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Helping Out

  1. NateSean profile image75
    NateSeanposted 6 years ago

    I don't know how else to word the subject. But basically, I used to help out at my middle school's chess club. It was great playing chess with the kids, helping out with parties and basically being the alumni that actually came back and "gave back" to the community.

    Now I'm in a new town and it's not like I'm related to anyone here. Most schools are iffy about bringing in volunteers who aren't parents or otherwise connected to the school. And I know there are a million red flags on a single white male who wants to work with kids but doesn't mind doing it for free.

    So I guess my biggest question is, what do you suggest?

  2. smalika profile image77
    smalikaposted 6 years ago

    What about obtaining a reference or a certificate from the previous school, or maybe ask the staff from the previous establishment where you volunteered to have a word with this school.. that should establish credibility and your integrity.

  3. Rochelle Frank profile image94
    Rochelle Frankposted 6 years ago

    Yes, I can see that people might be extra careful when we hear so many horror stories. All of the bad things that can happen make people extra careful, even cynical when someone offers to do something for no apparent personal gain. It's too bad, but it is true.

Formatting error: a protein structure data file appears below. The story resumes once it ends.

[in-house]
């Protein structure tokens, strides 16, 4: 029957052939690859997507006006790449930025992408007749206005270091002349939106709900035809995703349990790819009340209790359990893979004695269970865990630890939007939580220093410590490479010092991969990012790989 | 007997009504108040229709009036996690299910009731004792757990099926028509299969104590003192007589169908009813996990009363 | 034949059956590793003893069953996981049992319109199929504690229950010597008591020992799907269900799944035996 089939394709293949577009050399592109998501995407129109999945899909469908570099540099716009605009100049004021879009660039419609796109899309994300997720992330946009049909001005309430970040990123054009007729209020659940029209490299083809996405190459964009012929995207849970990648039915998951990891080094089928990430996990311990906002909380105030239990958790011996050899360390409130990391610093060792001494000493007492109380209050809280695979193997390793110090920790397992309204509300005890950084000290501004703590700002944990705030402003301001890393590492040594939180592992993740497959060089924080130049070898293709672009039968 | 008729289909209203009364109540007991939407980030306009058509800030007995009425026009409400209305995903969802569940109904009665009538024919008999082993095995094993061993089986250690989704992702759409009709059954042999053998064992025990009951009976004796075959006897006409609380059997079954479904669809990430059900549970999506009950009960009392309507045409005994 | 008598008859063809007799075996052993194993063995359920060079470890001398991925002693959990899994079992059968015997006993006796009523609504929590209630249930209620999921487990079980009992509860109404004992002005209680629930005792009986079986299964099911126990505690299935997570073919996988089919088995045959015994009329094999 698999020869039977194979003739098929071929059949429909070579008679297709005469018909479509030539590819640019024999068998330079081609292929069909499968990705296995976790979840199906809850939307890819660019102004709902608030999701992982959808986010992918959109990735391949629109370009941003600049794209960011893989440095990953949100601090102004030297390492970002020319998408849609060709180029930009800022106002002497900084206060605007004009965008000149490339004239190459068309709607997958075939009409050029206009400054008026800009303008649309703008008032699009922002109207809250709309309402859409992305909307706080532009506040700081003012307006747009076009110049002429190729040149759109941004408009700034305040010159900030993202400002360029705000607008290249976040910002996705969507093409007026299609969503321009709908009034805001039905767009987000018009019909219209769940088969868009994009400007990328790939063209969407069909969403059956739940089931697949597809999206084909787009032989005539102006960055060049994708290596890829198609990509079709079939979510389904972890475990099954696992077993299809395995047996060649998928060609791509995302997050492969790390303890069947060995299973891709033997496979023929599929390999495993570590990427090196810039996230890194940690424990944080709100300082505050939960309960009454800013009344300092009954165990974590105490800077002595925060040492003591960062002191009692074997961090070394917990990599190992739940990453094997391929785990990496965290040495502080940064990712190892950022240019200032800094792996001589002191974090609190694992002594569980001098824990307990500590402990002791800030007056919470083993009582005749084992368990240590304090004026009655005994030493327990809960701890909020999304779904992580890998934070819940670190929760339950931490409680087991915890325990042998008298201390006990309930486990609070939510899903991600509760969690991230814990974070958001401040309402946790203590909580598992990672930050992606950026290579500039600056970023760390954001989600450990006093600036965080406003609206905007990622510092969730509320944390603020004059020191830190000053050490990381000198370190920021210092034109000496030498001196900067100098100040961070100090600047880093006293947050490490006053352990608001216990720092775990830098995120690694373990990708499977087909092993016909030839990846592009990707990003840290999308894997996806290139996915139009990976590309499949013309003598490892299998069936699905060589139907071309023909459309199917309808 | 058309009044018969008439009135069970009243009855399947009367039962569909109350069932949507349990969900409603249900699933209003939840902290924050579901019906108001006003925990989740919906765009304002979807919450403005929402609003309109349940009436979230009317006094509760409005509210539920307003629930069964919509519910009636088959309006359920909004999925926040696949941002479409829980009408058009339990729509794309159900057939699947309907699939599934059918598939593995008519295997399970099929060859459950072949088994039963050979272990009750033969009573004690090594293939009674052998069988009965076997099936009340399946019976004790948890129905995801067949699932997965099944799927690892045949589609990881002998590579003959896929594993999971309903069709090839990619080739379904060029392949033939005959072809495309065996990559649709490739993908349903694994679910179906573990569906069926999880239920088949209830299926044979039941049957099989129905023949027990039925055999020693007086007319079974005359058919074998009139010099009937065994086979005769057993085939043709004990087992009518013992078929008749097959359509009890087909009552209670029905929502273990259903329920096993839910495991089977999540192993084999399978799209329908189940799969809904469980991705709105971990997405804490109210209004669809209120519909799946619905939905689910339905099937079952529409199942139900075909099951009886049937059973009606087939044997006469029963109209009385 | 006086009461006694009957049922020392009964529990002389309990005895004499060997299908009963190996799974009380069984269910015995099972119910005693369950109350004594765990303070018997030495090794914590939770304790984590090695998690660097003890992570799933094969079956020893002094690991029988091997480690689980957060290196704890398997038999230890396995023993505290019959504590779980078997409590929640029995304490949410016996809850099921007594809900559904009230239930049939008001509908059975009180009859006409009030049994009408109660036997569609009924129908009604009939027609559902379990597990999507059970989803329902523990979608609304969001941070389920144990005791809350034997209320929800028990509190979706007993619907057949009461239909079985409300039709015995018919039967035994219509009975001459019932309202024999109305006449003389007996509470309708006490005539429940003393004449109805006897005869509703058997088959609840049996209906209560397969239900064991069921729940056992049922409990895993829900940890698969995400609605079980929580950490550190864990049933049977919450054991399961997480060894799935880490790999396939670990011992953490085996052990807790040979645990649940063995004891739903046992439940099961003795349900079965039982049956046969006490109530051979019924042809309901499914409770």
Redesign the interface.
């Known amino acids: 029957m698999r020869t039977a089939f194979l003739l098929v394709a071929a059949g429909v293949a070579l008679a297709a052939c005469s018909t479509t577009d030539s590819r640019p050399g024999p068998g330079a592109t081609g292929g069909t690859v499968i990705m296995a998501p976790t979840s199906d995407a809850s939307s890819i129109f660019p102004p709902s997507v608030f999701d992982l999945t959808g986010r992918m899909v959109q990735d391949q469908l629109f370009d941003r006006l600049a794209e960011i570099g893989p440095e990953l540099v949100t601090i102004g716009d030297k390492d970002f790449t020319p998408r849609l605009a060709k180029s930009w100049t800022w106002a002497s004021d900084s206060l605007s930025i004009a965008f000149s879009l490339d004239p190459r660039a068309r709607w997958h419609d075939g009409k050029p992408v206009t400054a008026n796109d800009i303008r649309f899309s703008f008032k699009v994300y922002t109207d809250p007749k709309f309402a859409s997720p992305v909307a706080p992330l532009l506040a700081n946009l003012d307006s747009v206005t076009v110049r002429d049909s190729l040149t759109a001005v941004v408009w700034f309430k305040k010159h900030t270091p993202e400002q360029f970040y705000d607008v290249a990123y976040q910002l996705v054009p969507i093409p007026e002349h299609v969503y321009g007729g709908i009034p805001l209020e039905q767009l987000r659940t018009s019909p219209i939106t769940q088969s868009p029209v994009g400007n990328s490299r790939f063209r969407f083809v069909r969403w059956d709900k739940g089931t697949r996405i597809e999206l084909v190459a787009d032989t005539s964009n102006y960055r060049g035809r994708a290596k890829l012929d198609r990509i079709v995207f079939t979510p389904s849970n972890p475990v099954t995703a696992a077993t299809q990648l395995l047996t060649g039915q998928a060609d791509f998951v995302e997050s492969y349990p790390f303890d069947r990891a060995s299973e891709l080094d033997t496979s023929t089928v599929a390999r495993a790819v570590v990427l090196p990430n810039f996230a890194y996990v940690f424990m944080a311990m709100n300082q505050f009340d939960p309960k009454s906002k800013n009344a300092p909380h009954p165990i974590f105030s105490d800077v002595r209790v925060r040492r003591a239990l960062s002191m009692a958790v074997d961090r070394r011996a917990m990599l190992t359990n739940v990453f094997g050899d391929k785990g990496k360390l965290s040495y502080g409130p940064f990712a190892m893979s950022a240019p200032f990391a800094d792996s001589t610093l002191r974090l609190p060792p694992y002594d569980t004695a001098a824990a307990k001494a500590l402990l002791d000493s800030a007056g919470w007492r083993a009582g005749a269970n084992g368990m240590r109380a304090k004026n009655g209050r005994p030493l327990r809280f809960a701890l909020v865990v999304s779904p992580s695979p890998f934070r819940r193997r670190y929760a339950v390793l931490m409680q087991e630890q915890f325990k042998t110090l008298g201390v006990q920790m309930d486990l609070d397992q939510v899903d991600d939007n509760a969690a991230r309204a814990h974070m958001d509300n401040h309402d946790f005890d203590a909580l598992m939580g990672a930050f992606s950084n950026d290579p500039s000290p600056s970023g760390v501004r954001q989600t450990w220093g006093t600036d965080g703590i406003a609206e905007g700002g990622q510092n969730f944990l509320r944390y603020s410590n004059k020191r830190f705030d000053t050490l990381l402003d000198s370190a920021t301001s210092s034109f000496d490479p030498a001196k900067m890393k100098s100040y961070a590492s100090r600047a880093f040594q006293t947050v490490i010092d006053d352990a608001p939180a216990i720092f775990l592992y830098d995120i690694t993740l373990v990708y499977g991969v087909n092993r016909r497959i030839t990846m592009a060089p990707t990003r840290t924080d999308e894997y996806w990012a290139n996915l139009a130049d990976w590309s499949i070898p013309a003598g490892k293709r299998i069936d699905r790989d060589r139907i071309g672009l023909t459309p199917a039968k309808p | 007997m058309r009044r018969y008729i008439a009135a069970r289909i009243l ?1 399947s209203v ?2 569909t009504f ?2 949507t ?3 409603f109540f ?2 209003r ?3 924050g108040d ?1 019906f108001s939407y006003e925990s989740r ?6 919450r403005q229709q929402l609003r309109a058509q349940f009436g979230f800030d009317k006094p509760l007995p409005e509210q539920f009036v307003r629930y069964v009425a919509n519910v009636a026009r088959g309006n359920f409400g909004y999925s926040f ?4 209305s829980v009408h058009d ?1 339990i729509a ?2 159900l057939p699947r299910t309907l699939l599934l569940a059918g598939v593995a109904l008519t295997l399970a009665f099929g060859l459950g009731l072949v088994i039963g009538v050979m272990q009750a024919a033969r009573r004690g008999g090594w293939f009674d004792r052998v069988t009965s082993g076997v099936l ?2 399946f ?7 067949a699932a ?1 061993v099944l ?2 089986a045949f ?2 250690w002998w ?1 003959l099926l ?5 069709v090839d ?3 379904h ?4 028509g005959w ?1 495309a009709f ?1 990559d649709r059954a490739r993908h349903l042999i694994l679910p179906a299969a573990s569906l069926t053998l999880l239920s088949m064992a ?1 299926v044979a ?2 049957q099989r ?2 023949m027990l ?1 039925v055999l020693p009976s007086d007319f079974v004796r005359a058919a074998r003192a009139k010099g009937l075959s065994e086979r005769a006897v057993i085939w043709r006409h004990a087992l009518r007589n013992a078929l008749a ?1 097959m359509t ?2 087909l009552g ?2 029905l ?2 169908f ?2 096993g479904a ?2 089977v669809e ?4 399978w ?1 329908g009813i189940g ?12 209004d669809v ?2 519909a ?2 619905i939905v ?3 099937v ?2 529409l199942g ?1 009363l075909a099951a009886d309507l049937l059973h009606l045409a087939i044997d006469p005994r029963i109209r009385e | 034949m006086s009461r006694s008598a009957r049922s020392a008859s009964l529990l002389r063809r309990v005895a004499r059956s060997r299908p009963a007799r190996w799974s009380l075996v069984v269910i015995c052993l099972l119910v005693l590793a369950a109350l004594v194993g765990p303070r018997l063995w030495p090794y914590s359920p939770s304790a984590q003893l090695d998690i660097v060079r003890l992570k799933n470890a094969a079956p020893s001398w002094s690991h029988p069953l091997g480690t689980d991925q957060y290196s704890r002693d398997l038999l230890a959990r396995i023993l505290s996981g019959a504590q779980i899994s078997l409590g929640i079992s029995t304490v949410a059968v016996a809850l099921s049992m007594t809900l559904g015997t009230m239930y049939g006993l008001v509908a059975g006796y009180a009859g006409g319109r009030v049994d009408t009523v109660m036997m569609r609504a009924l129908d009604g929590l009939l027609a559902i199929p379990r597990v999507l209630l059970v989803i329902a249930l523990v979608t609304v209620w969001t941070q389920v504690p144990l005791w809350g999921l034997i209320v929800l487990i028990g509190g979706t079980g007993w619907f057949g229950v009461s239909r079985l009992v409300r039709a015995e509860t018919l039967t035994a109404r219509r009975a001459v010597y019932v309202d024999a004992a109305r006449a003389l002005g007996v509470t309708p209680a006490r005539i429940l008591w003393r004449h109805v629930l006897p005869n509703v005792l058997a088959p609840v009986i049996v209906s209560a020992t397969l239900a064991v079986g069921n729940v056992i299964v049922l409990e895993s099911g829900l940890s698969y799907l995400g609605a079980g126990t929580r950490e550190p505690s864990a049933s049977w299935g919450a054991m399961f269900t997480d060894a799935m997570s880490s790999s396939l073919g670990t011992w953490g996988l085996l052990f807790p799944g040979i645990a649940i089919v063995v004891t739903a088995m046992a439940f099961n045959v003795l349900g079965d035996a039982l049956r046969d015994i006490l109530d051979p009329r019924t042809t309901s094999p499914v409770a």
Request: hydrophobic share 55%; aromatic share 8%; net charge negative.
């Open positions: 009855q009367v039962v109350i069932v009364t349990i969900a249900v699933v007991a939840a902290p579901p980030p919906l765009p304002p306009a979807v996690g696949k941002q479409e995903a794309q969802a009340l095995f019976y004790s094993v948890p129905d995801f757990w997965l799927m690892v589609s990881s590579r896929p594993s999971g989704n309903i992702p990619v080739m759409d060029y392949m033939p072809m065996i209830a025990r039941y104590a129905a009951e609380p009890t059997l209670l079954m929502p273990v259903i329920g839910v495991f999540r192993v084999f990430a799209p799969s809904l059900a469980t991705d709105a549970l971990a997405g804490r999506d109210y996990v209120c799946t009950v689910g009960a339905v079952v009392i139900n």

As a retired teacher, I found that I missed dealing with groups of kids, but I found a way to get that feeling back when I started volunteering at the local history museum. School groups visit there on a regular basis, and giving a history tour to fourth graders is almost like teaching a lesson with lots of great visual aids.

    Maybe if you get involved with a local service organization, community group, church, museum or hospital, you will find a place.

    1. NateSean profile image75
      NateSeanposted 6 years agoin reply to this

      Smalikia: I thought about that. Maybe if I present a resume with references, the same way I would if I were applying for a paid position I could include contact info. I know the teacher who ran the Chess Club is always happy to see me when I swing back there.

      Rochelle: And believe me, I appreciate their caution. My sister is seven and I'm glad my parents decided to put her in a private school instead of the public school I had to go to. They hire anyone off the streets and there are people working in those schools who have records longer than my arm, but they're still there.

      I'll keep an eye out for the opportunities you suggested. The hospital might be the best one for me.